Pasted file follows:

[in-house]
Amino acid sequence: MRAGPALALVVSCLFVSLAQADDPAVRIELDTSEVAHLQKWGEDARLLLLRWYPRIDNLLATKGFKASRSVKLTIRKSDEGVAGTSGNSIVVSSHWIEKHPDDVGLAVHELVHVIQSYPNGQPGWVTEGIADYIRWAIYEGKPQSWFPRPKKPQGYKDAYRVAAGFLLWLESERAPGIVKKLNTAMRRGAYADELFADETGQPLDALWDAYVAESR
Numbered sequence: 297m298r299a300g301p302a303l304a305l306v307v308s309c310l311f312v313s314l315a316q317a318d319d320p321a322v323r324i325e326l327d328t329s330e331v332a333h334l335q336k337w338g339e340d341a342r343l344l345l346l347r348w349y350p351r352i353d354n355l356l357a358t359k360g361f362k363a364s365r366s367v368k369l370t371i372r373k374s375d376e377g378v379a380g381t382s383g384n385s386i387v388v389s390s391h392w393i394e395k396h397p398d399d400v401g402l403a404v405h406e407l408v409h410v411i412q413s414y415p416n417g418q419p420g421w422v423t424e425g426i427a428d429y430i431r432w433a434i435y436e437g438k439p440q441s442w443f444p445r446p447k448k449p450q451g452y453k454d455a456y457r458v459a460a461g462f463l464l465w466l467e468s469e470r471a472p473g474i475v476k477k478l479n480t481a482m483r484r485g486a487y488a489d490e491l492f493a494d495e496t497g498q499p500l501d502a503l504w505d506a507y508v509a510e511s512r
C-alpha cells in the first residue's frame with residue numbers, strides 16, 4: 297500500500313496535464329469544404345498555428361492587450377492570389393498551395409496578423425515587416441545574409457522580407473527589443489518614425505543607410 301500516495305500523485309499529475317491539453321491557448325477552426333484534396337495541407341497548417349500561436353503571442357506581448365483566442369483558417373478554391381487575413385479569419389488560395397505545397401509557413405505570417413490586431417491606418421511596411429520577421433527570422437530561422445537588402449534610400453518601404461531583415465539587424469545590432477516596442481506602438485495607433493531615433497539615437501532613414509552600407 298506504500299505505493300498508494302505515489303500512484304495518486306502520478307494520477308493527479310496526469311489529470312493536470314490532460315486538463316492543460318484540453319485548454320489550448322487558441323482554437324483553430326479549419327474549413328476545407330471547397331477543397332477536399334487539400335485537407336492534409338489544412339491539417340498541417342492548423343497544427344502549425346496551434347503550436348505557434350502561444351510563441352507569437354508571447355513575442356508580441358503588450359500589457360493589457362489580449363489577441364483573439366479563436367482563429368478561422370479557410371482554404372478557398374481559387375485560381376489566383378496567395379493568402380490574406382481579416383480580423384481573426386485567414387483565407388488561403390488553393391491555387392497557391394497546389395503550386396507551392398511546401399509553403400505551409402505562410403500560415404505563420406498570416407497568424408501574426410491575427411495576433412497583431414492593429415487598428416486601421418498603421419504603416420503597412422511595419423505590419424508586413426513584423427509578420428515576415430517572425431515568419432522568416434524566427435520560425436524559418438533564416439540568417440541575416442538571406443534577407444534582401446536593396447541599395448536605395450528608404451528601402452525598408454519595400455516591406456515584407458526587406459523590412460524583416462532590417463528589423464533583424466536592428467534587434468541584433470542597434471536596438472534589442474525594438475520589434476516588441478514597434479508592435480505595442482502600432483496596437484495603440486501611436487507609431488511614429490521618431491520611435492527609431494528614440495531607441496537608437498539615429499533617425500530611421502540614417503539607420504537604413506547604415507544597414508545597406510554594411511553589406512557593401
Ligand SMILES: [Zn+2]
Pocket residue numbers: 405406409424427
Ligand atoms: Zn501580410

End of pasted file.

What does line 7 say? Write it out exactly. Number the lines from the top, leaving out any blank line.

Ligand atoms: Zn501580410